Heightened Security Measures Complicate Harvard-Yale Tailgates

Harvard Fan
Leo A. Garcia '21 cheers for Harvard at the Yale Bowl on Saturday.

When Lucy R. Golub ’20 bought a ticket to The Game, she expected to watch the action from the sidelines, not to be tackled to the ground herself.

But as Golub inched her way up towards the front of the line to enter the student tailgate, she could sense the crowd’s impatience building behind her. Heightened security in the form of metal detectors and bag checks had created a bottleneck in the line, leaving many students frustrated. At one point, the tension snapped and people started ”pushing aggressively.”

Golub, who is also an active Crimson magazine editor, found herself in the middle of a stampede.

“People kind of pushed over the metal detectors not fully to the ground but just sort of out of the way and walked completely through security,” she said. “It was kind of a stampede. It was a little scary. I think if security had let in people faster or more streamlined then it could have been a lot better.”

The incident was one of several logistical snafus that students say inconvenienced them during the 134th annual Harvard-Yale football game Saturday. Security measures at the Yale Bowl created long lines, choking off attendance at tailgates and the game before Yale officials ultimately relented on the stricter measures, according to more than a dozen students who attended the annual showdown.

Inquiries about the security measures at The Game on Saturday were redirected to the Yale Office of Public Affairs and Communications, which did not respond to repeated requests for comment.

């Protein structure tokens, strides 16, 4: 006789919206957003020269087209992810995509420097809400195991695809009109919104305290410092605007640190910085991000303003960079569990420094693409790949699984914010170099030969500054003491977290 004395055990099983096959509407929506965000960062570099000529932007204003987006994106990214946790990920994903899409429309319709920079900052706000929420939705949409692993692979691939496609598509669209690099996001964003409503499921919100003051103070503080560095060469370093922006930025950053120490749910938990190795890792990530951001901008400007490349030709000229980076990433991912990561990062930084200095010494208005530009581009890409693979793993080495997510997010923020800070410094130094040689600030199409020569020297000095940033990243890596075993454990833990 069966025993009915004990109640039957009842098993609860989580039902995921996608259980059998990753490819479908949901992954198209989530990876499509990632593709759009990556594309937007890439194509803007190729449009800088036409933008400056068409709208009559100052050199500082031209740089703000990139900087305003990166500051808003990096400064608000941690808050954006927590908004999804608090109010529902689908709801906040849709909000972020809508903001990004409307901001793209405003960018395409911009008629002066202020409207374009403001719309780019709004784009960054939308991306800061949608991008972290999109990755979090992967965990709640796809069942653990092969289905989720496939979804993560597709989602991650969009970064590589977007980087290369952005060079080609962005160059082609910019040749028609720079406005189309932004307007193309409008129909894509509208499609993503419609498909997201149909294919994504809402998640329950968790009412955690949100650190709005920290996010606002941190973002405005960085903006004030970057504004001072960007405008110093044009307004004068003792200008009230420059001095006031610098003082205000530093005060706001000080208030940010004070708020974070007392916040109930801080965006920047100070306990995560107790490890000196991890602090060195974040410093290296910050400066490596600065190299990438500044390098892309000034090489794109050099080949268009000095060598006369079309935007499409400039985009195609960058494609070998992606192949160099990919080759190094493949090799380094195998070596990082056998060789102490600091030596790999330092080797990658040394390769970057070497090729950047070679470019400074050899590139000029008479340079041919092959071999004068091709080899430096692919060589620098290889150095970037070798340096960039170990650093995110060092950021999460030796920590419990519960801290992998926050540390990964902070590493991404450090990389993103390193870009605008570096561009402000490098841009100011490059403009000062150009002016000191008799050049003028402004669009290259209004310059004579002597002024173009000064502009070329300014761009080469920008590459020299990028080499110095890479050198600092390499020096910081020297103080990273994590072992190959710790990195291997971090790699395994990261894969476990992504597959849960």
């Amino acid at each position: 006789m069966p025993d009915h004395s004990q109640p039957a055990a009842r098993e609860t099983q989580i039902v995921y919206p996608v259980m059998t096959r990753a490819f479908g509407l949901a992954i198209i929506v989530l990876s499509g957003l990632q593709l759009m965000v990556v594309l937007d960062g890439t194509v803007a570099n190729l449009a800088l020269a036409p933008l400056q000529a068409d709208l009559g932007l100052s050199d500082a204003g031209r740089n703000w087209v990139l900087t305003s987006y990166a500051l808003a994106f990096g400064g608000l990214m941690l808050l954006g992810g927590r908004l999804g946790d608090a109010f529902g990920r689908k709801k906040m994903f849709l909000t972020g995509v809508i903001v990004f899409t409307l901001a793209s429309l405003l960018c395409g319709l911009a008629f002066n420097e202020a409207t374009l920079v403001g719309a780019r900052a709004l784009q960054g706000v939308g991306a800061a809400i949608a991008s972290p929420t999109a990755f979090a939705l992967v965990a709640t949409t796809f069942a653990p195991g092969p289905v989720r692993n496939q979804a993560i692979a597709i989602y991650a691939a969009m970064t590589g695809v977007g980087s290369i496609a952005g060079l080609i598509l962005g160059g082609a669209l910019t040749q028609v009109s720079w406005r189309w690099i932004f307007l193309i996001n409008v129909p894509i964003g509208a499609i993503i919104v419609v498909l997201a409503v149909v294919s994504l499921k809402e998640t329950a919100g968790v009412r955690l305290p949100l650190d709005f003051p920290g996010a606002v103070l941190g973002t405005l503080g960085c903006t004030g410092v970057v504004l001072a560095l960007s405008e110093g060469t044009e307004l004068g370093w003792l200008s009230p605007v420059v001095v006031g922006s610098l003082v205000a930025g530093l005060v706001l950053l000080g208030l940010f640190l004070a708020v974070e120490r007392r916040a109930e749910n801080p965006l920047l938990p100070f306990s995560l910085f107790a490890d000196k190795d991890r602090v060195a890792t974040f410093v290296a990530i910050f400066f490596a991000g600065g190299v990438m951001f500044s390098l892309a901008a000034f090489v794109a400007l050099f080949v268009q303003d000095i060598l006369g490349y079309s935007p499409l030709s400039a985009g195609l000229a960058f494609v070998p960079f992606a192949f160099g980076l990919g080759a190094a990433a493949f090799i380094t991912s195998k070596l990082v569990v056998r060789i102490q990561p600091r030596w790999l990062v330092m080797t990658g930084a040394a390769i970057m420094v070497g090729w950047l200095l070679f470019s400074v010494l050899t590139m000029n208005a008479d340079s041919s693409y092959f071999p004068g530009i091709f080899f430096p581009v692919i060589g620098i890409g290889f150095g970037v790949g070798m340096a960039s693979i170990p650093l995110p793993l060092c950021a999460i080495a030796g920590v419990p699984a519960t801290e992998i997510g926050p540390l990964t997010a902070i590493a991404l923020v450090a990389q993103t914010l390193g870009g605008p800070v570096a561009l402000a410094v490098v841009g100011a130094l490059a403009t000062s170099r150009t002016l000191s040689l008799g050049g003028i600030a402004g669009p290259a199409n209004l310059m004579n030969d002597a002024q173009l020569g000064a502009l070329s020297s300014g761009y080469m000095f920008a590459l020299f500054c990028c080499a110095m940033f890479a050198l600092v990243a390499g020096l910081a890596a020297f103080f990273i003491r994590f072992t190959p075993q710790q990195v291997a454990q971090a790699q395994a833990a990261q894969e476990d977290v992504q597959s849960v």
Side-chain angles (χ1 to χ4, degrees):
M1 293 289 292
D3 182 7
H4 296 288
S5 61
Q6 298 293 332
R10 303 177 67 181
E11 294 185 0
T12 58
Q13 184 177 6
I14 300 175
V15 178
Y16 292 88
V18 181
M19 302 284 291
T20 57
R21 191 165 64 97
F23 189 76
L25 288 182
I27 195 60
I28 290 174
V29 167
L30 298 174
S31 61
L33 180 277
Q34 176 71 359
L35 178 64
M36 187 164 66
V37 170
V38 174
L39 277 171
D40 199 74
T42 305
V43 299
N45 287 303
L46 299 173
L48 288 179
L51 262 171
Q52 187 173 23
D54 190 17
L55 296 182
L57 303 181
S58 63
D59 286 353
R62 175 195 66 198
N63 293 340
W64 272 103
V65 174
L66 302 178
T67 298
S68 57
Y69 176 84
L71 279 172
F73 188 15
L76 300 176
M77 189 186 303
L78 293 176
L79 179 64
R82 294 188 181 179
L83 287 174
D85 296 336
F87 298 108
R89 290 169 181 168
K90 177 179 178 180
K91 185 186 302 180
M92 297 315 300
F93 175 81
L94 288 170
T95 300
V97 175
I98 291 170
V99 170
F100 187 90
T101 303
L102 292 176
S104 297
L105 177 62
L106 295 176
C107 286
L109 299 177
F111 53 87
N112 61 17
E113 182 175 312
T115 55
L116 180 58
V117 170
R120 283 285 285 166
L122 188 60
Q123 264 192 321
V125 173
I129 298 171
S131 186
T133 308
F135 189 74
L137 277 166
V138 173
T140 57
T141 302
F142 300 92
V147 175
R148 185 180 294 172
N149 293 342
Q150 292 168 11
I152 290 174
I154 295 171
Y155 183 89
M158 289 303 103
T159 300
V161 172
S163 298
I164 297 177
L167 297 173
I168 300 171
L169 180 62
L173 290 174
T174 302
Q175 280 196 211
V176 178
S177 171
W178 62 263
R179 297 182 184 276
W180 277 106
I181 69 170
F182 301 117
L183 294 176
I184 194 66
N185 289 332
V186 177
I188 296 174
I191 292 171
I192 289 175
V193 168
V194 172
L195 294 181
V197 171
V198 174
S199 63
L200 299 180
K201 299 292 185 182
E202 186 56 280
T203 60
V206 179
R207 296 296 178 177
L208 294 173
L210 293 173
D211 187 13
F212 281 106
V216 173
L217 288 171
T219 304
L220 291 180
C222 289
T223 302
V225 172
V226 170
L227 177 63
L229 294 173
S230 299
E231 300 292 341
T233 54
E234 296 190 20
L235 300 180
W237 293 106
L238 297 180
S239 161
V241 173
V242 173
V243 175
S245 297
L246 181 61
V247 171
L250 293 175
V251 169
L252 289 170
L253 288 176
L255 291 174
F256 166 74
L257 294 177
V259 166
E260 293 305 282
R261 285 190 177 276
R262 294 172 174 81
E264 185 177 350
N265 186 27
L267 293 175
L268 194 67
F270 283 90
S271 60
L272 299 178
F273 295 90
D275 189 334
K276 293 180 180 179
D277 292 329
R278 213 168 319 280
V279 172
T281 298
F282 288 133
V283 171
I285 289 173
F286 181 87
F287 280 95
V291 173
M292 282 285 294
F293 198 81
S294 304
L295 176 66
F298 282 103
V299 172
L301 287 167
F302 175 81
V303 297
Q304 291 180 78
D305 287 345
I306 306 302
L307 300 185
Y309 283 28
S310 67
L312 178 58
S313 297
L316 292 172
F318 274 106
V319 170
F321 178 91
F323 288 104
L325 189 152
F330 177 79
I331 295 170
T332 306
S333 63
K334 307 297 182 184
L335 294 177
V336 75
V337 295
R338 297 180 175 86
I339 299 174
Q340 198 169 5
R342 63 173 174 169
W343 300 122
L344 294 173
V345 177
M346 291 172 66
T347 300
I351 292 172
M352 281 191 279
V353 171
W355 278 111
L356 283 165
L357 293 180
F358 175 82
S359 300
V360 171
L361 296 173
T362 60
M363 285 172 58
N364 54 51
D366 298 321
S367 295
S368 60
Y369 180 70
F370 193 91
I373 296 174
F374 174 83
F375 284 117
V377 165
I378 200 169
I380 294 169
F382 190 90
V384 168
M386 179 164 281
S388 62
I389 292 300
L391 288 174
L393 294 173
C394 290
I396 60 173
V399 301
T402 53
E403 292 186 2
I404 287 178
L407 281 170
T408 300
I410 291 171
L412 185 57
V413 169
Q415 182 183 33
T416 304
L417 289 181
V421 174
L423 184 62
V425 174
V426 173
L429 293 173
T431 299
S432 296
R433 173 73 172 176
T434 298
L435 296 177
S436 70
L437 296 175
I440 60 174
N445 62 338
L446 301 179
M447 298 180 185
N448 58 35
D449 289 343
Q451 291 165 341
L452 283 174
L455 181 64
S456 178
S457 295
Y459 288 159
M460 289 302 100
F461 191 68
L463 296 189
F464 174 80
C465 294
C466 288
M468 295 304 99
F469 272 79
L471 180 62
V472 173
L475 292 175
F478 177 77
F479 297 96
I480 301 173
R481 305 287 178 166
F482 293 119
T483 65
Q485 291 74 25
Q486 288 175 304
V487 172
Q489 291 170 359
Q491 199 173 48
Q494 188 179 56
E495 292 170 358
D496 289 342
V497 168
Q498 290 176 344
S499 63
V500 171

According to some students, the heightened security resulted in low attendance for the House Committee tailgates.

“There were a lot fewer people than there were last year,” Caroline M. Kerwin ’18, a member of Dunster HoCo, said. “I heard that changed when they changed security procedures.”

At the tailgate, strict security measures delayed students for hours before guards relented and allowed people to enter without going through security.

Danielle O. Strasburger ’18, co-chair of Winthrop HoCo, said the number of people at the House tailgates was sparse until around noon, when security moved the metal detectors aside and the long lines evaporated.

“At that point we saw a lot more people come through,” Strasburger said. “We had a lot of students come right before the game started around 12:00, 12:15, 12:20 and the tailgates were supposed to end at 12:30 so it was a shorter time frame.”

Even as the game began, students again faced long lines as Yale officials enforced scrutinizing security measures for people entering the Yale Bowl before again abandoning the security protocols entirely.

Multiple people who entered the stadium later said that Yale officials never checked their ticket.

“I don’t think anyone checked my ticket. I just kind of wandered in. They weren’t being super strict or anything like that,” Sebastian A. Schwartz ’20 said.

Some students said the increased security didn’t end at metal detectors. Justin Wu ’19 said he noticed SWAT cars and personnel at the game.

“They were armed with, they weren’t regular, I think they were semi-automatic guns,” Wu said.

Still, many students reported that they enjoyed their Harvard-Yale experience.

“I thought it probably went as smoothly as it could,” Andrew L. Gordon ’18 said.

—Staff writer Angela N. Fu can be reached at angela.fu@thecrimson.com. Follow her on Twitter @angelanfu.

—Staff writer Dianne Lee can be reached at dianne.lee@thecrimson.com. Follow her on Twitter @diannelee_.

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